Pioneering In Quality Glassware at Cambridge

by J. M. Hammer (part 2)
Issue 27, July, 1975

Early in the month of May, 1902, The Cambridge Glass Co. made its first piece of glassware. That jug or pitcher is still in existence and is illustrated at right. Pitcher, first piece of Cambridge glass It was the forerunner of a great production in gold encrusted glassware in the present day.

And yet the man who has guided the Cambridge Glass Co. over the last 25 years was not a manufacturer by training or experience. He who had been a buyer and importer of china and glass proved his ability in the field of production and there are few in any industrial endeavor in these United States who have carried on to a greater vision than Arthur J. Bennett.

Some there are in the glassware trade of today who will recall the activities of the National Glass Co., planned as a country wide and all-embracing combine of glassware factories. The only factory erected by the National Glass Co. was that at Cambridge, Ohio. In the latter part of 1901, the Cambridge Glass Co. was incorporated under the laws of Ohio as the operating company for the factory at Cambridge. Arthur J. Bennett was called from New York to take charge.

It was planned to have three melting furnaces of 14 pots each in the Cambridge factory but only one was completed when the first piece of glassware was made in May, 1902. The first product was common pressed ware. The moulds available were those gathered from other factories of the National Glass Co.

One of the reasons for the location of the factory at Cambridge was that there was reported to be a good supply of natural gas. It is true there were gas wells but they were shallow. However, when the first fires were lighted and operations began, it was found the supply of gas was not sufficient. There was not enough gas to supply furnace, lehrs and equipment. A real problem for the new factory manager, but a few months before an importer of china and glass.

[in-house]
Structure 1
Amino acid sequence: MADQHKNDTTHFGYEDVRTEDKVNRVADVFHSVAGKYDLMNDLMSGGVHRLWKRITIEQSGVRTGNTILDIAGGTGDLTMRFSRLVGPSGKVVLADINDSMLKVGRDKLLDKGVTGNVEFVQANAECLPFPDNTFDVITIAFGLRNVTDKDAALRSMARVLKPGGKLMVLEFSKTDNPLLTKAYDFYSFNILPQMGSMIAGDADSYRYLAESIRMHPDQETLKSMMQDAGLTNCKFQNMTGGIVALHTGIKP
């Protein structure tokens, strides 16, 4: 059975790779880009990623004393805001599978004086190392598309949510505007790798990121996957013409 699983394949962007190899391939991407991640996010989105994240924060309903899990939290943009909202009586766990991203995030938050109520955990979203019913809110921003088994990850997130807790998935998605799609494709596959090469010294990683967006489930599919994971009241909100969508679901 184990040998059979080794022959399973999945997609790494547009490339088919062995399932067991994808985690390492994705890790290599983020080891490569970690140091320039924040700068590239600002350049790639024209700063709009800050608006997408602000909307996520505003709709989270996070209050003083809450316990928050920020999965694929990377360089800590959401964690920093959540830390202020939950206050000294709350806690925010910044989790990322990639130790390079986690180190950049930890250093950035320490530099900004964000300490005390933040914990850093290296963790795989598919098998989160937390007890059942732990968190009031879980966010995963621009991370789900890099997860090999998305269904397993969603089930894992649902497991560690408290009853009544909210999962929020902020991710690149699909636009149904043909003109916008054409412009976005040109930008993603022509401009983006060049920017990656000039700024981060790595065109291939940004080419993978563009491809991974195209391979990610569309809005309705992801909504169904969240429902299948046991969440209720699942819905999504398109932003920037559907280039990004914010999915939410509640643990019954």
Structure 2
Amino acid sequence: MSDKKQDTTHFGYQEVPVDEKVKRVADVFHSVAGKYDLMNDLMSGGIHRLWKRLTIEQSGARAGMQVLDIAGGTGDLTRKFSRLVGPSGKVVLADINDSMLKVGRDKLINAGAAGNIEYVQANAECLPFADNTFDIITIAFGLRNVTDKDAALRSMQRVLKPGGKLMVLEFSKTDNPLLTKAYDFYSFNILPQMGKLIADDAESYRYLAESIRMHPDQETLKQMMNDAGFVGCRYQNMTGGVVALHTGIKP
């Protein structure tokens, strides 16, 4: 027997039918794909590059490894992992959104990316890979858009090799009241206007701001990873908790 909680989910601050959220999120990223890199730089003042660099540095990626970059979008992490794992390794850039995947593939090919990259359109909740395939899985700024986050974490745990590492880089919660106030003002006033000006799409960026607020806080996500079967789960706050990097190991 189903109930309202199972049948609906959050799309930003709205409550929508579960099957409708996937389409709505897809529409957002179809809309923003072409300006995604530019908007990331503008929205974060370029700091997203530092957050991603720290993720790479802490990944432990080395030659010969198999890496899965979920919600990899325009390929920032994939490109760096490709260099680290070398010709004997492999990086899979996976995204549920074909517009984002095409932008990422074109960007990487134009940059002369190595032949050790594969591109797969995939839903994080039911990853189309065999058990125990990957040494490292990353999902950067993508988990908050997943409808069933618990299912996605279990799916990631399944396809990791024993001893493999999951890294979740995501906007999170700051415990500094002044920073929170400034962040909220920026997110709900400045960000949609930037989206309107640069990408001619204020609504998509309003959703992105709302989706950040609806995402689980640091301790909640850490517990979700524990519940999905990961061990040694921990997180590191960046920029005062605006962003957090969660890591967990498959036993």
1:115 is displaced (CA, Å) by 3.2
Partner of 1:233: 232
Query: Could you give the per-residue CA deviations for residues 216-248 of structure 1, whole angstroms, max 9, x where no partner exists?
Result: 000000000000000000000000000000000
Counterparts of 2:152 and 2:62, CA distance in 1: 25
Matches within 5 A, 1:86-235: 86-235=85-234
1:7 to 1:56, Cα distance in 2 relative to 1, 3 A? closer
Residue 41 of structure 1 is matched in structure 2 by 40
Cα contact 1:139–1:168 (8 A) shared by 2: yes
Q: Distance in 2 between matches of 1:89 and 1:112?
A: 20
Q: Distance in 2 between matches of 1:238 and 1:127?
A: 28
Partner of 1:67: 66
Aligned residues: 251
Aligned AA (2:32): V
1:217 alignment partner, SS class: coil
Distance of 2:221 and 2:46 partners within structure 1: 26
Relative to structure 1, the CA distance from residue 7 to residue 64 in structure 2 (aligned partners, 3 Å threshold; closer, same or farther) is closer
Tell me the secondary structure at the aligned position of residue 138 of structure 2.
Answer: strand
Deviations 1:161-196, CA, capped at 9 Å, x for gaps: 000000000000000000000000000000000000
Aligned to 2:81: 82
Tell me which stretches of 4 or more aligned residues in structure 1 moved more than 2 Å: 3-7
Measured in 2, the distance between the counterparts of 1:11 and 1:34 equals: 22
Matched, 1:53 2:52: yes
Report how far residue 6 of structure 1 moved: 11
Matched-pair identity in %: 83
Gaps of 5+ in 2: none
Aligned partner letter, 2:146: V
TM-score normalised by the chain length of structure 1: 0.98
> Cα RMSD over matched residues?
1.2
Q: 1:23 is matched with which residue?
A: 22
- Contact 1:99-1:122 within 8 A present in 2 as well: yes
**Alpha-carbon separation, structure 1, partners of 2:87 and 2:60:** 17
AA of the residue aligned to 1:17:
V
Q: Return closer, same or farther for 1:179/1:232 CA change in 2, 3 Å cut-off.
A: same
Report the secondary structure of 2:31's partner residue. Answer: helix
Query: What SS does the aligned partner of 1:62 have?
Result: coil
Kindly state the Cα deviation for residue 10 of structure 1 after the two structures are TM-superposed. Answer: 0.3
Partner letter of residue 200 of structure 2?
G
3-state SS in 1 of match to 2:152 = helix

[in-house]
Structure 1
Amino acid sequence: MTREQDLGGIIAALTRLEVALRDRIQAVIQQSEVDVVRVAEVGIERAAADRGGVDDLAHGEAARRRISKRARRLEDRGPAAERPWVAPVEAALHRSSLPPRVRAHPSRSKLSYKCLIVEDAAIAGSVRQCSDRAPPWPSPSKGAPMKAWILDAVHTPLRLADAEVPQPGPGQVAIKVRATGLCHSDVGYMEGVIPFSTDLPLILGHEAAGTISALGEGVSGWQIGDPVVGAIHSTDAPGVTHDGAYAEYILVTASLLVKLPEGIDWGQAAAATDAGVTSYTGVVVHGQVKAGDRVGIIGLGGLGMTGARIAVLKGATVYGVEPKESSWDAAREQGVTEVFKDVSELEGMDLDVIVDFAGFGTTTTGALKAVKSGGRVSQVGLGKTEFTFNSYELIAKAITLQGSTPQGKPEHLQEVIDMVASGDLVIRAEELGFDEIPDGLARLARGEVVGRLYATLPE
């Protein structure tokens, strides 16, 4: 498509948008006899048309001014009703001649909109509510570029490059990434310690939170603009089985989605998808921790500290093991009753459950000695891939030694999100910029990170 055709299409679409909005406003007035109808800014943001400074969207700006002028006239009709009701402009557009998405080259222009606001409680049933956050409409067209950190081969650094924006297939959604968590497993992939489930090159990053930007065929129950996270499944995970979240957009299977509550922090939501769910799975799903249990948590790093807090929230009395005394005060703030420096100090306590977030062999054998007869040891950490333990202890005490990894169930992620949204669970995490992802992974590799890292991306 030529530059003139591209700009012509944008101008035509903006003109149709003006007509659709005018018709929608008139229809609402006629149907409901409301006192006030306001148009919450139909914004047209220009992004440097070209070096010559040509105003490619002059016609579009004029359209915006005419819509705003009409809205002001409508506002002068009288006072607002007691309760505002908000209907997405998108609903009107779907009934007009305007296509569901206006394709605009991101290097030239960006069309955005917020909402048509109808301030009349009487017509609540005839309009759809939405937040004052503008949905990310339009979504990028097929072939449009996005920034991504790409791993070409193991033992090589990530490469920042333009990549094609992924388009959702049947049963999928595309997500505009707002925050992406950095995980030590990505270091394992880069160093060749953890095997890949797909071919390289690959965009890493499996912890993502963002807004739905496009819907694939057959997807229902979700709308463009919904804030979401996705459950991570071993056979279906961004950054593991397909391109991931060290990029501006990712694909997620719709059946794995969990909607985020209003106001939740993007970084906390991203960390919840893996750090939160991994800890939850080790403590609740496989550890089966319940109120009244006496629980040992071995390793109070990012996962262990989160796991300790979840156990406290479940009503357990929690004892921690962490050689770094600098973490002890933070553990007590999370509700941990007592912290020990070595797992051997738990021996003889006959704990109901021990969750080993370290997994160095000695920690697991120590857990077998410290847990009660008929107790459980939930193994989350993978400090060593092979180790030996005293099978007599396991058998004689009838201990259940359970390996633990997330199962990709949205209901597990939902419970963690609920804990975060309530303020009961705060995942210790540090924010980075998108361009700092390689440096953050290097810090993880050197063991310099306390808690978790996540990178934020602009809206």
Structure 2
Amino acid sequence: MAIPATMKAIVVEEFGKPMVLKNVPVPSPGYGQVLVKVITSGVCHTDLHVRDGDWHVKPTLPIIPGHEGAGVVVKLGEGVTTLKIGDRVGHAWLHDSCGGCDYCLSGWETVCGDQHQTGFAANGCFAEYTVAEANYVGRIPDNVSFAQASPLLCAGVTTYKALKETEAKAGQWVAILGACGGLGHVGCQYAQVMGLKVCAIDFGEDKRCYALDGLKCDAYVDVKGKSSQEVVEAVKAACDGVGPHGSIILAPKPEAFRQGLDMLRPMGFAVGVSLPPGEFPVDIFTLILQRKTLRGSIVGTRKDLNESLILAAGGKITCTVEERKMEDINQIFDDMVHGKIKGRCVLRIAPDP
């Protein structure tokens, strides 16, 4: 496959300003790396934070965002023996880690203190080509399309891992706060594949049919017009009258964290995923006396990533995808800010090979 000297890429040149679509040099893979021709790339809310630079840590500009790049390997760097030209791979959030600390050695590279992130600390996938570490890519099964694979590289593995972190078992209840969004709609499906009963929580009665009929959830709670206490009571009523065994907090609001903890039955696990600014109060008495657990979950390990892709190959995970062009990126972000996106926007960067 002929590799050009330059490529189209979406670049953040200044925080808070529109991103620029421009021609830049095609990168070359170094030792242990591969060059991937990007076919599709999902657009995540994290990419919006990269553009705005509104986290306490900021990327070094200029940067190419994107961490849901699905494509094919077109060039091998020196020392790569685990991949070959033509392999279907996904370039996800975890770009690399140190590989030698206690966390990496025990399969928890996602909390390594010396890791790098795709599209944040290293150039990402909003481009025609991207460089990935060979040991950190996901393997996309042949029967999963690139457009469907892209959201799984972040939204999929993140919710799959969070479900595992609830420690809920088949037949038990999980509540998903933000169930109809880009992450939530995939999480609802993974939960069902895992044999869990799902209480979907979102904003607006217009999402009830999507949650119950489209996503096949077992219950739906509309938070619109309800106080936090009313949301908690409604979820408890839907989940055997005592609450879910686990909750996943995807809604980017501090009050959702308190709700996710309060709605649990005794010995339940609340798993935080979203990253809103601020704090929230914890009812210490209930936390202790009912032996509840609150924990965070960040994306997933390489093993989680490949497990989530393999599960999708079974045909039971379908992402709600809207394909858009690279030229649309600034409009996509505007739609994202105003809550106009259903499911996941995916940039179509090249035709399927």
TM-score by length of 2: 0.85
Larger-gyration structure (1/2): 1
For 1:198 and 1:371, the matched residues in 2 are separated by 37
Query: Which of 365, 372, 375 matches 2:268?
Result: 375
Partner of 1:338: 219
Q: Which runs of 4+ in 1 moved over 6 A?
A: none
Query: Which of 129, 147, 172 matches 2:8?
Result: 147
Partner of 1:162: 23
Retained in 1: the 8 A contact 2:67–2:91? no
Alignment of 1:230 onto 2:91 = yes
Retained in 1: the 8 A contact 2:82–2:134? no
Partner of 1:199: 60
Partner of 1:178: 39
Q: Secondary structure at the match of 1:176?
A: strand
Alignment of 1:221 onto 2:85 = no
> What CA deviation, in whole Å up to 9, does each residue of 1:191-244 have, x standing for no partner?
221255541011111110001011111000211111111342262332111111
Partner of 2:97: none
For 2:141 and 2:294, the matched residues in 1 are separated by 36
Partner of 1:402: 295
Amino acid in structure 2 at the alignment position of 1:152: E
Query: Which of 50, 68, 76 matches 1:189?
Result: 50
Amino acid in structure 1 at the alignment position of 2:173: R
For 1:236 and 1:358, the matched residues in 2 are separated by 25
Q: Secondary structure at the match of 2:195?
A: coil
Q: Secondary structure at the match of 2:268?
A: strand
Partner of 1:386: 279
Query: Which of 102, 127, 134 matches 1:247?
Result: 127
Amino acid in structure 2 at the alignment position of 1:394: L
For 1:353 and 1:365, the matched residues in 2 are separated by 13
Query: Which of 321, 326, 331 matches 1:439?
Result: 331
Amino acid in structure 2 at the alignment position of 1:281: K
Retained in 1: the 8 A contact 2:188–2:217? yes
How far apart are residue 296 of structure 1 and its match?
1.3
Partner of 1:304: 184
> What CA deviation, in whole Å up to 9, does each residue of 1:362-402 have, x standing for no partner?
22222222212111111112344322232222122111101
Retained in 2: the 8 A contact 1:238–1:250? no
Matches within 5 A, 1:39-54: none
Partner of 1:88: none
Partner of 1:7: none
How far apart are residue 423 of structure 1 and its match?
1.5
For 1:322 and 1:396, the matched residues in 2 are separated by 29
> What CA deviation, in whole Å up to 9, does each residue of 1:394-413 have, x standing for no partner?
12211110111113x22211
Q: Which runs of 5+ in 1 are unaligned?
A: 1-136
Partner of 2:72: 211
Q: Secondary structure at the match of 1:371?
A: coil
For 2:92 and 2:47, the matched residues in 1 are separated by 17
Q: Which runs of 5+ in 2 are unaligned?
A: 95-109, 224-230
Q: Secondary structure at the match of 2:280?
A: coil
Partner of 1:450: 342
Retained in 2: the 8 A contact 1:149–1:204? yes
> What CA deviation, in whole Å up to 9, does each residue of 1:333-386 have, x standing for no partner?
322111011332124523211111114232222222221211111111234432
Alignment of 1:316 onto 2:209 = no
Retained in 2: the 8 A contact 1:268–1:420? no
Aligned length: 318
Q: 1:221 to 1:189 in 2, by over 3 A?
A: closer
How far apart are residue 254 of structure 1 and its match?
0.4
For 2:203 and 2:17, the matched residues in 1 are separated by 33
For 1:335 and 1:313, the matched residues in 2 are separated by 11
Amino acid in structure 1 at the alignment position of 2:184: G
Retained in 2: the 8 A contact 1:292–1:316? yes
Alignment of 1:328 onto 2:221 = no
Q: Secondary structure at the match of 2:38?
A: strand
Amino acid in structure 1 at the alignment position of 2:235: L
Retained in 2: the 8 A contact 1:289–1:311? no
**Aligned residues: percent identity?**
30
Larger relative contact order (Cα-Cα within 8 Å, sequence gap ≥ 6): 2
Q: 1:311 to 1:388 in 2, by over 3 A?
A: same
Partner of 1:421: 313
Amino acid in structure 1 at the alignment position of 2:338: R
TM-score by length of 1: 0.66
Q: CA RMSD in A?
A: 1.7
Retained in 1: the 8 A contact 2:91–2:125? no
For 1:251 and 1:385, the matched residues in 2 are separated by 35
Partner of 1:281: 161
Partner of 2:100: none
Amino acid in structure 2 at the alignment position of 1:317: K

We have stressed the fundamental factor of courage. Determined not to be overwhelmed by this unsuspected development, Mr. Bennett obtained a supply of gas from a commercial company. As soon as a new source of supply was assured, a gang of men was rushed into the field to make the necessary connections and before few realized what had happened, the Cambridge factory was launched insofar as a supply of fuel was concerned.

Came the panic year of 1907 and financial difficulties for the National Glass Co. resulting eventually in its bankruptcy. For three years the position and future of the Cambridge factory was uncertain.

Courageously, Mr. Bennett continued operations. Conditions were adverse, the future of the plant was in doubt but the operating company, represented in Mr. Bennett, carried on. In the scrambled financial troubles of the National Glass Co., it appeared at one time that The Cambridge Glass Co. would lose its factory. Mr. Bennett went to Byesville, three miles from Cambridge, and with the assistance of the townspeople got control of a small plant there. It was smaller than the plant at Cambridge, but it was a factory where Mr. Bennett was safe from the financial alarms surrounding the closing days of the National Glass Co. debacle.

After a long drawn-out fight with the receivers and bond holders of the National Glass Co., an arrangement was finally effected whereby Mr. Bennett purchased the factory with all the machinery and personal property of the Cambridge Glass Co. This was a real burden to assume for any one individual--the total amount represented being well under $400,000, of which $50,000 was paid in cash and the balance carried about 50% in notes and mortgage bonds, maturing over a period of 10 to 15 years. This was an individual transaction on the part of Mr. Bennett and was accepted by the bankers, who had confidence in him, without any outside endorsement.

In reply to an inquiry as to why Mr. Bennett carried this proposition through as an individual and never attempted to sell stock, he stated he had a well defined idea of what he wanted to do and the policy outlined might not be satisfactory to outside stock holders and capitalists. Therefore he preferred to take the entire risk and if it was a success the profits accrued would help retire the obligations that much sooner. His prediction on this was sound for all of the obligations, including the mortgage bonds, were retired several years ahead of the time limit. And when all of these burdens were removed, then came the opportunity for a complete re-arrangement of the capital structure, and the putting into effect the plans for the perpetuation of the business.

Reprinted from a December 27, 1926 issue of China, Glass and Lamps. It is reprinted with the permission of China, Glass and Tableware. Continued Next Month....